lundi 18 août 2014

Thoughts on identity

Father & daughter
I have just read the latest post from my daughter's blog on this very subject. I started a reply, & before I knew it, I was writing something as long as a blog post. So it occurred to me that I might just as well post  it!
By way of introduction, I am a TCK (Third Culture Kid) myself. Not a mish kid, as my daughter is, but a bizz kid (Business Kid). I grew up in West Africa, then went to boarding school in England for 11 years. However, the questions & issues that both experiences throw up are very, very similar. My daughter asks in her blog "where do I belong?"

I'm not sure that there is AN answer, nor am I sure that you can make it happen, this feeling of belonging. It's a process that you go through at your own speed. For years & years, when people asked me where I came from I would answer, "from my parents." And it bugged me frequently that I couldn't name a place, a town, a country.

But I remember that moment, in a Prayer Counseling week a few years ago, when Sister Elizabeth looked at me & said, "now I will share with you what the team received from God, for you, before the week began"... (I was totally intrigued, waiting with bated breath - for goodness sakes, these people had received stuff for me, a stranger!) Then she started.
"The first is a word from Isaiah: Your exile is over." Before she could finish asking me how that related to me, I had burst into tears... a very deep torrent of healing tears that welled up from deep within me. And I knew in a flash, just knew it... my home was in God. I had come home.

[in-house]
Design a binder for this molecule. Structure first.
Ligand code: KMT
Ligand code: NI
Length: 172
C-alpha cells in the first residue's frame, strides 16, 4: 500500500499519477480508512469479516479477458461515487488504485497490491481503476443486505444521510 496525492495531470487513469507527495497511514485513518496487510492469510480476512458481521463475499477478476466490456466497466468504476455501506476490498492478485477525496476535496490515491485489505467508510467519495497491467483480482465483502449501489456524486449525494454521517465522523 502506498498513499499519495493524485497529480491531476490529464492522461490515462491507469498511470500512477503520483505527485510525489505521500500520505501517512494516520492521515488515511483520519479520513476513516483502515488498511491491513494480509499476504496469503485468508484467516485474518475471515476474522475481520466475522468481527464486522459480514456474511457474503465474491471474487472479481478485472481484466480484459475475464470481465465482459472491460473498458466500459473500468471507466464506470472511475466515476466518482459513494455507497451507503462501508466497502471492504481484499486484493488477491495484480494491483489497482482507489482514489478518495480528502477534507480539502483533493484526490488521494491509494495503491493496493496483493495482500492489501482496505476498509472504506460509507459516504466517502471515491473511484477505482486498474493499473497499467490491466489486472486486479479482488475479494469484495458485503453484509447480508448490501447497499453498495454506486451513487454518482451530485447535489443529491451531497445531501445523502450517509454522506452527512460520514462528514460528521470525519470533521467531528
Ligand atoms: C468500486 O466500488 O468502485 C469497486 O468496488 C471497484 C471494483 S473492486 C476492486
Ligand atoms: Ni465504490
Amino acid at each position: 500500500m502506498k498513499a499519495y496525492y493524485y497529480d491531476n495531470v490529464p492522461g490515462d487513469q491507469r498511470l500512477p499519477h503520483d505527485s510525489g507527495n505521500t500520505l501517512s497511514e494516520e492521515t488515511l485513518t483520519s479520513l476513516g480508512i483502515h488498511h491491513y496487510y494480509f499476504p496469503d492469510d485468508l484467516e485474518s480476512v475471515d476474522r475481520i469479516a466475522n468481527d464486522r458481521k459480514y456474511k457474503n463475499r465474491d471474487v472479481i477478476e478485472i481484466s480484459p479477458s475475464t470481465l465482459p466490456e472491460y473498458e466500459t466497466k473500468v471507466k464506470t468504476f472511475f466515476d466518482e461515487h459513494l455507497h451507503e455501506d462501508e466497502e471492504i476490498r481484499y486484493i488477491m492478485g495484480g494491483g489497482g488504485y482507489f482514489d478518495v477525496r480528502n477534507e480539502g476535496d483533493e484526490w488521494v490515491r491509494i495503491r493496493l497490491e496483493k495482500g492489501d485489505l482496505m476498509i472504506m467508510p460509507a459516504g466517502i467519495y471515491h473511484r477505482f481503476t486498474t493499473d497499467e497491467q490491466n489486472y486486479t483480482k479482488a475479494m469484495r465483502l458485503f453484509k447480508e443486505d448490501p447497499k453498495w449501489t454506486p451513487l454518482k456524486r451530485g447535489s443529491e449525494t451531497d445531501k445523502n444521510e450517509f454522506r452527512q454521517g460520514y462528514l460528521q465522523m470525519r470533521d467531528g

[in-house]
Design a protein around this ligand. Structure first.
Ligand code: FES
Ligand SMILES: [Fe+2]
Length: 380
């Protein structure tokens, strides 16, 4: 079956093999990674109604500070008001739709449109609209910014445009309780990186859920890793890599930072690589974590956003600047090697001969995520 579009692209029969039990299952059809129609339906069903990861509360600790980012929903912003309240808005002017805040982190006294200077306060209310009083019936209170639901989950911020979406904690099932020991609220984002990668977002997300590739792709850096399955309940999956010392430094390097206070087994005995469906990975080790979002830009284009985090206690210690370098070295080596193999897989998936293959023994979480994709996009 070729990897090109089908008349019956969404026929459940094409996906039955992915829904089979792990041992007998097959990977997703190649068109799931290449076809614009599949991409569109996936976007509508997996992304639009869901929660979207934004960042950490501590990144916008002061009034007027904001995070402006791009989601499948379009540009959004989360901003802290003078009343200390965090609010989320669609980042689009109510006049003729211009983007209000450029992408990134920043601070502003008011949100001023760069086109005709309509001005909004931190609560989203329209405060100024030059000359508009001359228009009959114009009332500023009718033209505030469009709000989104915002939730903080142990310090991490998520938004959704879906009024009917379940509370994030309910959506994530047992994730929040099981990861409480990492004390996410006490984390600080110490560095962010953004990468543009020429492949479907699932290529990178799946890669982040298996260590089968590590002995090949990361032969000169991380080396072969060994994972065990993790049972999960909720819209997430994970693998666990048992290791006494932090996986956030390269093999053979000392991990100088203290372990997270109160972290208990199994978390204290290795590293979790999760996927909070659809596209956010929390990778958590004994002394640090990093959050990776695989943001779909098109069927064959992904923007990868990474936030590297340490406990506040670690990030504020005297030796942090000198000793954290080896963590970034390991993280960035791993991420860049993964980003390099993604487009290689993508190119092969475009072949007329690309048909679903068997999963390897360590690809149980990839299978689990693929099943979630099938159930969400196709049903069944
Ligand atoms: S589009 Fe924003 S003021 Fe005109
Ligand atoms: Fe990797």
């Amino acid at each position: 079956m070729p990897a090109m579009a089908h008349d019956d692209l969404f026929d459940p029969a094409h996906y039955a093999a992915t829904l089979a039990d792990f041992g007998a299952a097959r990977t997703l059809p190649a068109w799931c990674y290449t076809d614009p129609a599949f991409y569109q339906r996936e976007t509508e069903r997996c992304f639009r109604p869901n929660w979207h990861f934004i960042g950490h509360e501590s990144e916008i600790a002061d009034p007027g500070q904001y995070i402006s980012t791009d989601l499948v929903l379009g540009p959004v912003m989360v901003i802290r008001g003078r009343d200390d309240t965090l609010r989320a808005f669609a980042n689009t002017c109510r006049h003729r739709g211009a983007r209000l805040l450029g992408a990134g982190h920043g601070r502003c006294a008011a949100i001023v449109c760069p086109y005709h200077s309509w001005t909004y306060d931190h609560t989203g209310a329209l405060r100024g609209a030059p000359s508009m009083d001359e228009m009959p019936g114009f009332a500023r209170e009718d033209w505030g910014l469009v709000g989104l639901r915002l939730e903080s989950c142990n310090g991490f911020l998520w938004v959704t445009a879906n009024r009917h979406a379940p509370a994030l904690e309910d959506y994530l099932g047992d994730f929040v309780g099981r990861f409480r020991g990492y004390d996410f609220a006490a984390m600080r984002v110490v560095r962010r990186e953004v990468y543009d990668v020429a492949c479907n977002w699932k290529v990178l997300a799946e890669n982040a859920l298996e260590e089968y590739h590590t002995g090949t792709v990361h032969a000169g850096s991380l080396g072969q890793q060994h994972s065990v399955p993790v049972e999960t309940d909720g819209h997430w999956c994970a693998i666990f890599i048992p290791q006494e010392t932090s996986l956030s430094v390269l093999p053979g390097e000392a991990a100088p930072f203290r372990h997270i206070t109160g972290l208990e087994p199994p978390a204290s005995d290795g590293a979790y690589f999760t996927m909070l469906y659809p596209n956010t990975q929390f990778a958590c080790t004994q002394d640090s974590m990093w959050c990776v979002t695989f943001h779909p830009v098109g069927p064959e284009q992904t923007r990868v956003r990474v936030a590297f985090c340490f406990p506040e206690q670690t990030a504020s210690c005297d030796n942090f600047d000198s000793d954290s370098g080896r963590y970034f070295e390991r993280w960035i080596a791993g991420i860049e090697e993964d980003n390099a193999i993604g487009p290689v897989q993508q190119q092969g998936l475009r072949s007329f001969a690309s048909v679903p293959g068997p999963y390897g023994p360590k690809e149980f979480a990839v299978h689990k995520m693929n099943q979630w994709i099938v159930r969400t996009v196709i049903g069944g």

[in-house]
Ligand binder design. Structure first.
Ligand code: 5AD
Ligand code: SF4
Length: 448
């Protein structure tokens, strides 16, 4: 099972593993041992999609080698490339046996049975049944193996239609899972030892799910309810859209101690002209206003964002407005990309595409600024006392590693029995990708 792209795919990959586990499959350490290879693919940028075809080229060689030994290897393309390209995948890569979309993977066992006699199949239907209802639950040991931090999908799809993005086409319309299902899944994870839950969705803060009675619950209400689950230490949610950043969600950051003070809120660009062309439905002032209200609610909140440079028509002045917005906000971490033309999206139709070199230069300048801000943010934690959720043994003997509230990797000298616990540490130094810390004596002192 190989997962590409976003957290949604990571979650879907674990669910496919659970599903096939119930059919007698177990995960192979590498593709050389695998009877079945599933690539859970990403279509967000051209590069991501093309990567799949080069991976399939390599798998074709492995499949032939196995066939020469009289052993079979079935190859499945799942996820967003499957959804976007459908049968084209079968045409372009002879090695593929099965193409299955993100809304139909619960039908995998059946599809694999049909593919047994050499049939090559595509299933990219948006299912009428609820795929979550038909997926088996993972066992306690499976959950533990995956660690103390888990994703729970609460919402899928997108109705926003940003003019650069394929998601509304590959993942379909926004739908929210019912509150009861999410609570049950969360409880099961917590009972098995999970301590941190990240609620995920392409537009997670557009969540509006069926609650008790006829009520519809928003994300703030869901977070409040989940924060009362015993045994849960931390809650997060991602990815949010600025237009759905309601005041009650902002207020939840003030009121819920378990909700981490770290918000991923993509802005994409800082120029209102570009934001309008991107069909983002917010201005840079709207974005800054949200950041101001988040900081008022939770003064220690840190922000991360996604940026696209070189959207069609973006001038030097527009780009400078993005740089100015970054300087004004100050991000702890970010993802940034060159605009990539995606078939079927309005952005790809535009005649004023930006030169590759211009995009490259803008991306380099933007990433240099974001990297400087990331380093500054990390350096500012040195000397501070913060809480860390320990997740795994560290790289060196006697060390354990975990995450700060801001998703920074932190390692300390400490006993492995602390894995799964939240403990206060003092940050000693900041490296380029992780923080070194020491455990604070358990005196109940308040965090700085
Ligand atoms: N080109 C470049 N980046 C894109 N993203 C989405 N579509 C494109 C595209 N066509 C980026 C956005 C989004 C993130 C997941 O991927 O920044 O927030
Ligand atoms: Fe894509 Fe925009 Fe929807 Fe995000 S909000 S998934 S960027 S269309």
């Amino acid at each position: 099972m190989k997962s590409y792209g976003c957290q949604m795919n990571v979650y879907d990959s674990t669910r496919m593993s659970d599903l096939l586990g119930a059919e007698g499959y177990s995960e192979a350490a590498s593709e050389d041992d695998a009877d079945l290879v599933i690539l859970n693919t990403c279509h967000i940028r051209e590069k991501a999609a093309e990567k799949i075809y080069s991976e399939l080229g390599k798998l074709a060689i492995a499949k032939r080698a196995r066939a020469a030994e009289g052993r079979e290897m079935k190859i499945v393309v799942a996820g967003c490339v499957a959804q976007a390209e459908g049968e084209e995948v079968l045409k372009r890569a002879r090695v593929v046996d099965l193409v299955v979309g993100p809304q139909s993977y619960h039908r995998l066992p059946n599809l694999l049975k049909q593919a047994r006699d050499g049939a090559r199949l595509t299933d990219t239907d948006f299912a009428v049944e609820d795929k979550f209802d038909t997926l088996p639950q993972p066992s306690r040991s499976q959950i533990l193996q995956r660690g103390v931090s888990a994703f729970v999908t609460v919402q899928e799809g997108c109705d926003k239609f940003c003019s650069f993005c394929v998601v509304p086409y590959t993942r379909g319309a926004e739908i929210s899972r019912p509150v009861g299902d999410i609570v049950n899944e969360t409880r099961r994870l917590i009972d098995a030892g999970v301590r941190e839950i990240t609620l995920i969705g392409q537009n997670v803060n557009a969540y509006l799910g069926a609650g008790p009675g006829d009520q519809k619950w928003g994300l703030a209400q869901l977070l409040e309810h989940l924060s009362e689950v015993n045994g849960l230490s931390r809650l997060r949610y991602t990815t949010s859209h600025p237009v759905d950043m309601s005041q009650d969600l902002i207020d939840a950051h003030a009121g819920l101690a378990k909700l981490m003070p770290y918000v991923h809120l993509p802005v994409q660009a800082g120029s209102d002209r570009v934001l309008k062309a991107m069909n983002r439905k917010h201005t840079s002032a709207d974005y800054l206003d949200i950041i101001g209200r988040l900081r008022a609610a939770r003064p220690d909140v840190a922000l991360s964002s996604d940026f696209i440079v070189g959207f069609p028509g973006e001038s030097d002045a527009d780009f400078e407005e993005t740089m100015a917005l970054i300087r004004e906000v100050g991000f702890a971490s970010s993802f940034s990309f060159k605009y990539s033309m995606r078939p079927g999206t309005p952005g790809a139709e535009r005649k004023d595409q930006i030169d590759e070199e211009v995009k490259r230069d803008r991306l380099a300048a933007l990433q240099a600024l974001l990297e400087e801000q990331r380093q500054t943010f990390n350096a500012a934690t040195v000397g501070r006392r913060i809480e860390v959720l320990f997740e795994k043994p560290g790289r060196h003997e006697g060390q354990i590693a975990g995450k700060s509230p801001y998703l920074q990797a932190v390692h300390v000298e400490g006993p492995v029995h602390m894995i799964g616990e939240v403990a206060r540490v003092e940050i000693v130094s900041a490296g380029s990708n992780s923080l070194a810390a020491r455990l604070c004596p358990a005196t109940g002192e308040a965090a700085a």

It didn't matter any more that on earth my home was linked to people, & that I couldn't really pin down a place. And that realization gave me such peace. Curiously, 2 years later I looked up at the lower gate into La Neuveville, where we had lived for 19 years on coming here from Africa, & a surprising thought went through my head: "I belong here." And I really felt it, in spite of the fact that people often remind me that I have such a charming, just a very slight English accent!

Three weeks ago, we moved away from La Neuveville, & the funny thing is that I don't feel at all uprooted. I feel that I belong right where we are now living! And although La Neuveville feels familiar & friendly, I've moved on. Yet as we were preparing to move, I often thought of that phrase from the epistle to the Hebrews: "Here we have no continuing city...". That bugged me because I thought it meant that God would not allow anywhere on this earth to feel home to me. But, interestingly enough, that's not what happened. I do feel right at home.

Perhaps, when we come to realize that our only real home is in God, then we are capable of having several "homes" without it disturbing us. Maybe because we take "Home" with us, wherever we go?

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